Visit the Civil War Around Memphis, TN
Memphis is located in a section of the state that is rich in Civil War History. This is why Sweet Magnolia Tours offers a Civil War Day Tour based out of Memphis. Even though the city has plenty of culture and history to offer within the city limits, there are also many interesting places to go outside of Memphis.
Sweet Magnolia Tours has chosen some special locations to bring our guests to give them the context and information necessary to better understand some important battles in the Civil War.
Here are some of the places you can see on the Civil War Day Tour from Sweet Magnolia Tours.
Corinth, Mississippi became known as the â€śCrossroads of the Southâ€ť during the Civil War. This was due to its location near two main railroad lines. These lines connected in the center of the city, which made it a major transportation hub in the region.
As you can imagine, transportation was very important during the Civil War. Control of the connection between these important railroad lines was highly sought-after by both the Confederate and Union armies.
The rail lines are currently operated by Kansas City Southern and Norfolk Southern. But back in the 1800â€™s, the lines connected Memphis and Charleston, as well as Mobile and Ohio.
The Crossroads Museum is located just off the side of the railroad tracks. It is an eminent source of information both on railroads as well as the Civil War.
The Siege of Corinth occurred just feet from where the museum currently stands. This was a month-long battle in 1862 in which Union forces overtook the Confederacy to claim the town.
Civil War Interpretive Center
This museum features artifacts both from battles taking place in Corinth as well as Shiloh. These battles proved to be very deadly and very consequential for how the Civil War would progress after their completion. The Civil War Interpretive Center aims to provide context and information about both.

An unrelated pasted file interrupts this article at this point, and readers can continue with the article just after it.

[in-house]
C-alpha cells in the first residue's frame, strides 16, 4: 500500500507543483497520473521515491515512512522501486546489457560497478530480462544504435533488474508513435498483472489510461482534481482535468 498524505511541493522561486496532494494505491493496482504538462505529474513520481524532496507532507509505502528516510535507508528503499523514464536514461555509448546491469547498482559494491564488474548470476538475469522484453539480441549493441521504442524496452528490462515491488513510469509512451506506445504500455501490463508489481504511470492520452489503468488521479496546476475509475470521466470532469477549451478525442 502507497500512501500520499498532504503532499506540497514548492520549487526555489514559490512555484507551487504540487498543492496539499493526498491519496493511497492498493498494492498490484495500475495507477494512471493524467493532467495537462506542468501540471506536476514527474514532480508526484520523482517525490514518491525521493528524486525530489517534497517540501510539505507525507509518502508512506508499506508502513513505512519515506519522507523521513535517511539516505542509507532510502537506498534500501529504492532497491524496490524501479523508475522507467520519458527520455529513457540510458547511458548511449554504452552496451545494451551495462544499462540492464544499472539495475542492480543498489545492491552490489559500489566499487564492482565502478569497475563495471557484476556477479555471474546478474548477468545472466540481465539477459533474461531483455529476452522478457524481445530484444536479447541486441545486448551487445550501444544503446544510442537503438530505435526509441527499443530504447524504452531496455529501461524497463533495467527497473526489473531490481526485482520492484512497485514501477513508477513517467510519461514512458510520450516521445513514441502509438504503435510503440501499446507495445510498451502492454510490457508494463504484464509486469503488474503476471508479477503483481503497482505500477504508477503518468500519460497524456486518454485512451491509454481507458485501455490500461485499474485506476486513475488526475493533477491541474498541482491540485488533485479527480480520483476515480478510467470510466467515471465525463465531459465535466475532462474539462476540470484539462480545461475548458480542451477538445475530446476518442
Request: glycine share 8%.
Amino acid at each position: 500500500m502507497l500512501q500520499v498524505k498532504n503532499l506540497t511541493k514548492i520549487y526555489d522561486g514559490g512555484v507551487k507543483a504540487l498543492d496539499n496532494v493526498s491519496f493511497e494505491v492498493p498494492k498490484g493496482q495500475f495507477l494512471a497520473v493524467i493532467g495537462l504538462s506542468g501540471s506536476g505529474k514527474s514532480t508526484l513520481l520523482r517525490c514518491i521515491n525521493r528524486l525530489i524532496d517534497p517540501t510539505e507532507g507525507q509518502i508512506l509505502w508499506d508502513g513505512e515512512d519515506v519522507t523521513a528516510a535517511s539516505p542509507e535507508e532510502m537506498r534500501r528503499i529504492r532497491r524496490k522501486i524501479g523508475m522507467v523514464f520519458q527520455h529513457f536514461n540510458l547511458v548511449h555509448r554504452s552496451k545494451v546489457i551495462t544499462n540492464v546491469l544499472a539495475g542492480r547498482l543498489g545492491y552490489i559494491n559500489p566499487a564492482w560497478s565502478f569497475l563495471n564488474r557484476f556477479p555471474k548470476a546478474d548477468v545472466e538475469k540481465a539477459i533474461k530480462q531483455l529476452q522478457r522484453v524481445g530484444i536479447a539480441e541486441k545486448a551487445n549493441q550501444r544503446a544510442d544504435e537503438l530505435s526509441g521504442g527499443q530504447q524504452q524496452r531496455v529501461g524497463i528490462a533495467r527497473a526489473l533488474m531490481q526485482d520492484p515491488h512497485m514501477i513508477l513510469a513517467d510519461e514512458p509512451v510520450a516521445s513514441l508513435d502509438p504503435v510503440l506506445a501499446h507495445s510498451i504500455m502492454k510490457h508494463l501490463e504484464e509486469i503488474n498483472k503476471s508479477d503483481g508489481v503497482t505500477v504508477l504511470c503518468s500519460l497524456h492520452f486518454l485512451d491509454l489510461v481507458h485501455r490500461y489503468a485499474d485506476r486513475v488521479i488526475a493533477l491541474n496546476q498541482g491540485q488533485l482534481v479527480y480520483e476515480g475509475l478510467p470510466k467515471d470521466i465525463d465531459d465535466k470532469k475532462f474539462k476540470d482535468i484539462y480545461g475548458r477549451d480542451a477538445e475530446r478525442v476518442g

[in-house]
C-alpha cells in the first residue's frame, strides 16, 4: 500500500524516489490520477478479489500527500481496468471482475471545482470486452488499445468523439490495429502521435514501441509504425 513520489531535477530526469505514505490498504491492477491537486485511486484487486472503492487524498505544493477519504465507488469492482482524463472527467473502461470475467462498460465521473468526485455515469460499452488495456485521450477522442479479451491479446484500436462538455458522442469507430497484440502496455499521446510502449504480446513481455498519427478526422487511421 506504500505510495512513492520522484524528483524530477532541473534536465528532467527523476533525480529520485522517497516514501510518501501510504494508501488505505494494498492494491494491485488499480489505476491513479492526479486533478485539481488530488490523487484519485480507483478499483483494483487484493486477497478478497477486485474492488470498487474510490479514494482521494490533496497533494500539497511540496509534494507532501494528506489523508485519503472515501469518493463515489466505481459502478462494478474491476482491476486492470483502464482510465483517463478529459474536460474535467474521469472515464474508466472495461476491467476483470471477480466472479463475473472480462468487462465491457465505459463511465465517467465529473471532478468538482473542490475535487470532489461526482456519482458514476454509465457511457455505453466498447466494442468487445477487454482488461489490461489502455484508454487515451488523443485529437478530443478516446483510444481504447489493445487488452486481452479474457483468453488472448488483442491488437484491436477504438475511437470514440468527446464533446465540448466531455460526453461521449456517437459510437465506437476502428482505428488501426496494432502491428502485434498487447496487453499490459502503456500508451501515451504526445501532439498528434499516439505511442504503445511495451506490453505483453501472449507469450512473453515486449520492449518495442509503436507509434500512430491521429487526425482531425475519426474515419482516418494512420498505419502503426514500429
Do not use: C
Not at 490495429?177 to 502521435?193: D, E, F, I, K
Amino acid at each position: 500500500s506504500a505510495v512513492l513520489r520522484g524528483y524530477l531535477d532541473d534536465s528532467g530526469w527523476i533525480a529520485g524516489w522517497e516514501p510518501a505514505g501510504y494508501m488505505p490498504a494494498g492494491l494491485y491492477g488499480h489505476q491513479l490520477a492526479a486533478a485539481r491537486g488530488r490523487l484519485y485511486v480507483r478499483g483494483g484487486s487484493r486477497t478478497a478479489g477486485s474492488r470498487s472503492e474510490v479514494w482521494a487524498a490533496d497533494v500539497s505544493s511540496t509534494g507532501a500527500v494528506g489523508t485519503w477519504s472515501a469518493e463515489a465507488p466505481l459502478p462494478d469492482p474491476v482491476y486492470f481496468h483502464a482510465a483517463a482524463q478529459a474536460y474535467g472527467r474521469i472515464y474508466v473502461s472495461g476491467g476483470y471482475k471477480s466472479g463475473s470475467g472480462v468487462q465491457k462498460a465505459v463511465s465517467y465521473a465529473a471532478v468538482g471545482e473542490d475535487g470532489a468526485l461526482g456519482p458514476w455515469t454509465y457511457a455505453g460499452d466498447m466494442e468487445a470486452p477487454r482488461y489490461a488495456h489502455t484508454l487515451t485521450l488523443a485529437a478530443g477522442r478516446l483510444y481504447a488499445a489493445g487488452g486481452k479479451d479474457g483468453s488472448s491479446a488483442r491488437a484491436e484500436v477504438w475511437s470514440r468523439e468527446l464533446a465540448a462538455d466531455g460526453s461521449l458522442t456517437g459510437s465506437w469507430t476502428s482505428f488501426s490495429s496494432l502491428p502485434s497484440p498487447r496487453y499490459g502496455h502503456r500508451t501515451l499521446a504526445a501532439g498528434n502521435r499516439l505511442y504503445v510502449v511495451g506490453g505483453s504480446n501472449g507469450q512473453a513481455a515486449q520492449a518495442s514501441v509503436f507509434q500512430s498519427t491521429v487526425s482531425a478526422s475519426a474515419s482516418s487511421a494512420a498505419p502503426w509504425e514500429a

The museum is 15,000 square feet and includes various displays, exhibits, and presentations. The films presented here cover how and why the battles began.
There is a water memorial called â€śThe Stream of American History.â€ť A large piece of stone sits at the back which represents the year the US Constitution was ratified. Water flows forward, which represents time, until it comes to a jumbled collection of stone blocks. These blocks represent different battles in the Civil War. They are different sizes which correlates to how deadly each represented battle was. The stream splits in two to go around the blocks, symbolizing the split in the nation, but rejoins to a singular stream after the blocks.
Shiloh was the scene of another intensely deadly battle. In fact, at that point in the Civil War, it was the deadliest (but would be usurped three times by the end of the war). A Union force was camped out on the Tennessee River and was ambushed by a Confederate brigade coming out of Corinth. The dayâ€™s battle was long and bloody but did not carry into the evening.
This break gave other Union factions time to arrive and reinforce the original fighters. They attacked the Confederates the next morning, forcing them to retreat. This allowed the Union fighters to enter northern Mississippi.
Shiloh National Military Park contains the battlefield of Shiloh along with various other historic sites. A Civil War cemetery is located here which holds 4,000 soldiers along with their family members.
Shiloh: Fiery Trail is a 48-minute documentary about the battle which can be viewed here. It tells the story of the epic two day battle and describes why the event was so critical to the war.
La Grange, TN
La Grange is a small town that was an important outpost during the Civil War. It sits high on a bluff which affords it distant views all the way into Mississippi. One of the railways that connected in Corinth (the east-west line) ran through La Grange. This railway was essential for dispersing ammunition and supplies to soldiers, which made the La Grange depot very advantageous.
The Confederate forces retreated after their defeat in Corinth to nearby Holly Springs and established an outpost in La Grange.
General Shermanâ€™s headquarters was located in La Grange at the Woodland Plantation, which was built in 1828.
La Grange might be small now, but it was home to thousands of people in the 1800s. This town does a great job of providing context for what day-to-day life was like back when the Civil War was active. View historic homes, locations, and cemeteries.
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